These aren’t technically aquarium plant weights, but they’ll help your plants stay put. Plants can be attached to suction cups and then suctioned to the tank walls with a fishing line or hot glue. In addition to using the suction cup, you may also use mini-zip ties to secure the plants.

Ceramic Weights

The same materials used to make ceramic aquarium decorations are also used to make ceramic weights, so they won’t damage your fish. These plant weights are normally cylindrical in shape, and after being filled with a plant, they can be buried beneath the sand, rock, or gravel in your aquarium.

Stone Weights

Perhaps you find these weights too attractive to bury in your substrate and would rather use them to secure your plants above ground. Stone weights are cylinders you place a plant through and bury or partially bury in your substrate, although you may alternatively tie them to the plant instead of burying both. If you’re going for a more realistic aquarium design, these are the perfect weights to use.

Adding live plants to your aquarium is a great idea, but they usually need to be weighted down so they don’t float around and get caught in the filter. Most aquarium plant weights are safe for fish, but lead aquarium plant weights should be avoided as there isn’t enough knowledge on how lead affects fish and enough material showing lead is detrimental to people.

Still, there are many more options that are completely risk-free for your aquarium plants, such as potted plants, stone weights, suction cups, and ceramic weights.

How To Attach Aquarium Plants To Driftwood

Anchoring some of your live plants to pieces of driftwood is one of the finest ways to give your planted tank a more natural appearance. The results are mind-blowing, yet the method is surprisingly straightforward. Make sure you achieve the desired effect by following our tips for utilizing driftwood as an anchor for live plants.

Use Fishing Line

In most cases, a fishing line is the best and cheapest option for attaching plants to a surface. In addition to the driftwood, plants, and fishing line, all you really need is a pair of scissors.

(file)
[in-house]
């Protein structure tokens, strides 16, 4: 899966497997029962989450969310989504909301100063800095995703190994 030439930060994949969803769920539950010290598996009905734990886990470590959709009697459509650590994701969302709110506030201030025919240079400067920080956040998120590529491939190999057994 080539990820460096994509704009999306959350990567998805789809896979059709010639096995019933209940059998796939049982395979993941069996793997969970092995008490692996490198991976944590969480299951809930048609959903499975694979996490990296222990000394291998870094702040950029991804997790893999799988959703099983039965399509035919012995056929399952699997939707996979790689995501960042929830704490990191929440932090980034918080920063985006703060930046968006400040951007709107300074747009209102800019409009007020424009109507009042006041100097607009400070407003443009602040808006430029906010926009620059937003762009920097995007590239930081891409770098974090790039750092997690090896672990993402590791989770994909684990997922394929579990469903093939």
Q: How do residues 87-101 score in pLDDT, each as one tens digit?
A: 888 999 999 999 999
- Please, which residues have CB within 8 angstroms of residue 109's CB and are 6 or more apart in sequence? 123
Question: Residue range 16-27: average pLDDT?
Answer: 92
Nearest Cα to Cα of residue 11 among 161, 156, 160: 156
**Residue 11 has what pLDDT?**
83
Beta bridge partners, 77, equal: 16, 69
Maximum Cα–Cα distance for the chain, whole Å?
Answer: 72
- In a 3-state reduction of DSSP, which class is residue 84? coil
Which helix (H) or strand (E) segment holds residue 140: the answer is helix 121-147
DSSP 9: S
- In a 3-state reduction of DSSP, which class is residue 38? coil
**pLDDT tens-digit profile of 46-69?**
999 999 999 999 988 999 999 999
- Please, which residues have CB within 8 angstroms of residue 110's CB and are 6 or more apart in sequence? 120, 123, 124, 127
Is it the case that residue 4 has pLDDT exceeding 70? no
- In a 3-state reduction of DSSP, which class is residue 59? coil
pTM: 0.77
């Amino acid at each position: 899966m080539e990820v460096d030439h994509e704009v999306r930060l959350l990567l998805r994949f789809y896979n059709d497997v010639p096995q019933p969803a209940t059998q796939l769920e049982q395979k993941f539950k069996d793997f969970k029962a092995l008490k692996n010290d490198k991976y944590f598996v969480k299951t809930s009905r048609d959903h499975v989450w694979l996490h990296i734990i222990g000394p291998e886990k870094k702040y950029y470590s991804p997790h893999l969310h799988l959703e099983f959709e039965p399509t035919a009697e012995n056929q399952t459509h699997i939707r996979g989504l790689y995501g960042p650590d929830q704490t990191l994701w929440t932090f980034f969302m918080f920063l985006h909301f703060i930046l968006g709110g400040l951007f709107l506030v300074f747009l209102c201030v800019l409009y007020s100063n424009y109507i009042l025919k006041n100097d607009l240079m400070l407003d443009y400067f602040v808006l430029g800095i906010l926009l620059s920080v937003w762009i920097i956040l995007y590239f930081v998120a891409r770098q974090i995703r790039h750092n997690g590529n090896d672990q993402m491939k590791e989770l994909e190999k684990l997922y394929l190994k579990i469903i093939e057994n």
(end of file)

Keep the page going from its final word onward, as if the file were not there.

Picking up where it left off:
1. Find a nice piece of driftwood to work with. Before you get started, you should wash it and let it dry fully.
  2. Choose whatever plants you’d want to string around the driftwood. In general, it’s best to go with smaller, lighter-weight plants.
  3. For each plant, cut a piece of fishing line long enough to loop around the driftwood multiple times.
  4. Wrap the driftwood with the fishing line until you reach the end, then tie off the line at the plant’s base. Wrap it up and snip off the excess.
  5. To finish covering your driftwood, repeat this procedure for each plant.

Use Hot Glue

The use of hot glue can be helpful if you want to completely attach your plants, even when moving them to a new tank.


  1. Get your stuff together. To connect a plant to the driftwood, you will need hot glue, a lighter, and the plant itself.
  2. First, heat up the glue gun.
  3. After that, you should dab some hot glue onto the plant’s back.
  4. Put the plant onto the driftwood and keep it there for a few seconds so the glue can set.
  5. Continue doing so until all of your plants are fastened to the driftwood.
  6. Your driftwood planter won’t be ready to show off until the adhesive has dried.

Use Screws or Nails

If you want to add heavier plants or larger pieces of driftwood, this is the way to go.

Materials needed:

  1. Driftwood Large plants with deep roots
  2. Screws or nails (depending on the size of your driftwood)
  3. Hammer or a screwdriver (depending on the type of fastener you are using)
  4. Wire


  1. Select the plants you’d like to affix to the driftwood. Don’t overload the nails or screws or they won’t hold.
  2. Spread out the driftwood on a level surface.
  3. Put the plants where you want them to stay on the driftwood.
  4. Nail or screw the driftwood to the ground, being cautious not to sever the plant’s roots in the process.
  5. Assemble all the plants on the driftwood by repeating step 4.
  6. Small plants may need to be wired into place to prevent them from wilting or tumbling off the driftwood.
  7. Driftwood should be placed once all plants have been established.

Use Epoxy

Big pieces of driftwood or plants that weigh a lot benefit most from this approach.

Materials needed:

  1. Epoxy
  2. Driftwood
  3. Plants
  4. Container and stirrer
  5. Gloves and a face mask


  1. Before continuing with this task, you should take precautions. Wearing protective gear such as a mask and gloves is a must before venturing too far from the aquarium.
  2. You should start by preparing the epoxy resin as directed.
  3. Using a putty knife or any similar tool, spread the epoxy onto the driftwood once it has been mixed.
  4. Prepare the driftwood by positioning the plants so that they will not be displaced when the epoxy hardens.
  5. If more adhesive is needed to keep the vegetation in place, do so now.
  6. Before touching or displaying your driftwood arrangement, wait for the epoxy to cure as directed by the manufacturer.

Plants, especially smaller ones, can be easily attached to driftwood. To avoid harming the plants, take your time and be cautious when you fasten them in place. A little work can result in a stunning and one-of-a-kind work of living art.